Council has a second chance to oppose the Patriot Act
In August 2004, City Council squandered an opportunity to take a stand on one of the most vital constitutional issues of this century: the Patriot Act. Passed by Congress in October 2001, the euphemistically titled law expanded the federal government’s surveillance, spying, and search powers on American citizens in the name of national security.
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Two current Councilmembers, Art Hall and Patti Radle, were on Council that summer; each sponsored resolutions opposing the Act. (Hall’s version of resolution was weaker than Radle’s.) Julián Castro, then in his second and final term, was the other supporter of the resolution. Yet, City Council chose not to join more than 400 town and city councils throughout America that have passed resolutions, however symbolic, against the Act. Then-District 2 Councilman Joel Williams called it a “mild issue” in San Antonio.
To characterize such a threat to civil liberties as “mild” demonstrates a lack of understanding about what’s at stake, particularly in light of The New York Times’ recent outing of Bush for authorizing National Security Agency to spy on the phone calls of “suspected terrorists,” and the knowledge that the Pentagon’s database of miscreants includes Quakers and animal-rights activists.
While the Patriot Act still captures the imagination of Bush’s true believers, more conservatives are recognizing the nefarious nature of the law, so much so that when it came up for renewal, Congress defied the Bush Administration and extended it for five weeks, instead of making it permanent.
In ordering Congress to permanently green-light the Act, Bush and his cronies resorted to the same tactic that convinced Congress—most of whom didn’t even read the Act before they voted on it—to pass it more than four years ago: fear.
“If Congress doesn’t extend the Patriot Act before the holiday break,” said Attorney General Alberto Gonzales, “when Americans wake up on January 1, we will not be as safe.”
“The expiration of this vital law will endanger Americans,“ Bush chimed in. News flash: The Patriot Act won’t protect America. It has been in effect throughout the existence of the inefficient and byzantine Department of Homeland Security, which lords over 22 federal agencies including the CIA, FBI, immigration, and FEMA (and what a wonderful job it did protecting New Orleanians). An April 2005 Government Accountability Office report identified DHS as a “high-risk area,” because of its ongoing inadequacies in financial management, information sharing, technology, and leadership, noting that in two years DHS “has had two Secretaries, three Deputy Secretaries, and additional turnover at the Undersecretary and Assistant Secretary levels.”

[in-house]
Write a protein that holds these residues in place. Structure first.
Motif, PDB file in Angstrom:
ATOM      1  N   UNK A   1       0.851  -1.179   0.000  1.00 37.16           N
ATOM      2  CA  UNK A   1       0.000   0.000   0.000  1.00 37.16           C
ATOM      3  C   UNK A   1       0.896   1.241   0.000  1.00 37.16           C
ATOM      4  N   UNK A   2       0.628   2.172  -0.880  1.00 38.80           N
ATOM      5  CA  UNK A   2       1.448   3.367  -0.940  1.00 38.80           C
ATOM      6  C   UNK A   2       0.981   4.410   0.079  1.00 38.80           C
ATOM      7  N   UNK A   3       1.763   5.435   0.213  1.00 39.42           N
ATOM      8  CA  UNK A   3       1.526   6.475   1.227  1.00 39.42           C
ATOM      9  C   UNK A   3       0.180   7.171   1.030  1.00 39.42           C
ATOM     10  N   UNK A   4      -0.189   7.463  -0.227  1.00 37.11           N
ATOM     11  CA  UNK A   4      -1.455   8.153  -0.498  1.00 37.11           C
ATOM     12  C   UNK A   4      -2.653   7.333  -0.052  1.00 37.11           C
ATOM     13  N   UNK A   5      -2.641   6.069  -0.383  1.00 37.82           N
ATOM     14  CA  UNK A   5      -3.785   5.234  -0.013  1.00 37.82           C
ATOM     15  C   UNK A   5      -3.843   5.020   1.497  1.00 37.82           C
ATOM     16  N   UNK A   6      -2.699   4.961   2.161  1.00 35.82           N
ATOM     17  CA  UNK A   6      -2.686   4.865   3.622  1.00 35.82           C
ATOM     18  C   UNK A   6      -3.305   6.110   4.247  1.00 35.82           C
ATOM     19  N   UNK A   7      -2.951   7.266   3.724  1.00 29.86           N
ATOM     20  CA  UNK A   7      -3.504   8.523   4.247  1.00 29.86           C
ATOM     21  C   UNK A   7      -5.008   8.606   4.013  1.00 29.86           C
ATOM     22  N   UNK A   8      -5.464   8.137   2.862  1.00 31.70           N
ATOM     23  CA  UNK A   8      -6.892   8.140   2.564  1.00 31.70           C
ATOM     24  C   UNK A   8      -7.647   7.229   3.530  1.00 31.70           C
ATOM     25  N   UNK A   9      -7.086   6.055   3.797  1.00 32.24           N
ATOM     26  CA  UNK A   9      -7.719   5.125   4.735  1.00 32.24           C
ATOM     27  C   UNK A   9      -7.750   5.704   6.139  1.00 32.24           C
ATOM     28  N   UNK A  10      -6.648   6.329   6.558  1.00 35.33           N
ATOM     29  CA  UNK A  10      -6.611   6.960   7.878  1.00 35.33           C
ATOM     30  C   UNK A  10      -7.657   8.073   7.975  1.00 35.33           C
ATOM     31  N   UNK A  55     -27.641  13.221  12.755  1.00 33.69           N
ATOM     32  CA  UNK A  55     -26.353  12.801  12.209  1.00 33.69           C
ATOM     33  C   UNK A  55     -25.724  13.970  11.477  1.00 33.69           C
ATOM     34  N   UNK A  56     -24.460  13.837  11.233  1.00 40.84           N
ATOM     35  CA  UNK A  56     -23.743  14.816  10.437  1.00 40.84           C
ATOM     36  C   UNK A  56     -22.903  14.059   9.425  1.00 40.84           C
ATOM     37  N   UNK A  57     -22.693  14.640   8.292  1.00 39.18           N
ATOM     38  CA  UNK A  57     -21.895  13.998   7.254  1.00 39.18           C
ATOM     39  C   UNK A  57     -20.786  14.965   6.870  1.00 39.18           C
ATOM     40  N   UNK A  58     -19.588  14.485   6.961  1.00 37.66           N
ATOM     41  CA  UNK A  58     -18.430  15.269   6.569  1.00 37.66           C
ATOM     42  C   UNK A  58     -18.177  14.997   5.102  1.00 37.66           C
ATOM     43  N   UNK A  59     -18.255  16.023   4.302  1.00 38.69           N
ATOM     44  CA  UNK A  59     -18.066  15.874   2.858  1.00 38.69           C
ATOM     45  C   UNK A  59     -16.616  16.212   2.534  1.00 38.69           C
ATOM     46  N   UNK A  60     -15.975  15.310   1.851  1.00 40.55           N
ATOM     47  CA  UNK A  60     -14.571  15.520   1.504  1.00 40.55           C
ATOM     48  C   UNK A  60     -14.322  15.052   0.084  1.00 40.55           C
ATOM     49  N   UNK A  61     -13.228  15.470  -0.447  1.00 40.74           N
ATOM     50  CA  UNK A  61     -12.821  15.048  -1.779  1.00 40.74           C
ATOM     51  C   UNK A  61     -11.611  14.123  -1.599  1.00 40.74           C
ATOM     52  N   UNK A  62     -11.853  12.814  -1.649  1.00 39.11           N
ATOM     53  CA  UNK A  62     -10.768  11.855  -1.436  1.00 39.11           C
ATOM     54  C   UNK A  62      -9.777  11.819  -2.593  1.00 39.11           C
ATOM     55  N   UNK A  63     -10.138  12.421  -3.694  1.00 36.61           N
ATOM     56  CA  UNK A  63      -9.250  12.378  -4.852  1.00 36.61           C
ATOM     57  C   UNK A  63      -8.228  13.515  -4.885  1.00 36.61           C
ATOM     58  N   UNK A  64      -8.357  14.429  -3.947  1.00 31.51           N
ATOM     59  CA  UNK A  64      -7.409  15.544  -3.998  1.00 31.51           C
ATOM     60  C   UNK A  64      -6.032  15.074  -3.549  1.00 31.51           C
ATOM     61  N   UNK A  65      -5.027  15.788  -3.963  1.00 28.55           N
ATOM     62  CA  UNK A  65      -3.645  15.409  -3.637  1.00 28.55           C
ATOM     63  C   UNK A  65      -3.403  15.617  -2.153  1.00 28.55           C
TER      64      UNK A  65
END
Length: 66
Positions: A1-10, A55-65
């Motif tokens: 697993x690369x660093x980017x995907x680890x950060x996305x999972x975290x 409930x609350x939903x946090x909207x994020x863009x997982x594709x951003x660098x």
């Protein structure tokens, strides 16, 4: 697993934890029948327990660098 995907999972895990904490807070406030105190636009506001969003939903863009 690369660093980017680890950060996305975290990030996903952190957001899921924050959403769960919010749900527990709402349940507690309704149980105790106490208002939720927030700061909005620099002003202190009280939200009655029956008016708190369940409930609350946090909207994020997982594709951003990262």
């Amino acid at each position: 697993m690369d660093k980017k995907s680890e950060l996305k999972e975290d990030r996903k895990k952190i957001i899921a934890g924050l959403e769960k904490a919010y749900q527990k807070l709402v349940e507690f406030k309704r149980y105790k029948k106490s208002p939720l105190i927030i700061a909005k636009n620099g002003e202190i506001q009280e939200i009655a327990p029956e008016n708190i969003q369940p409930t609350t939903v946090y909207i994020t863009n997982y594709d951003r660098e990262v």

Moreover, the report concludes, DHS is still not adequately sharing information between agencies—one of the alleged purposes of the Patriot Act—nor has it completed a “strategic plan for research and development of homeland-security technologies.”
After Council’s resolution failed, Express-News columnist Roddy Stinson assailed elected officials for considering it, adding, “no San Antonian has been adversely impacted by any provision of the Act.”
Yet, Stinson can’t conclude with certainty if any of the city’s residents have been spied upon, their homes illegally searched, or their library, credit-card, or medical records seized, because the nature of the Act prohibits that surveillance from being disclosed.
If next year, after the Congressional deal-making, the Patriot Act still contains unconstitutional provisions, the new Council has an obligation to stare down Bush apologists, including Stinson, and vote on a resolution to oppose the law. Justice eroded for one person is justice eroded for all. •
By Lisa Sorg
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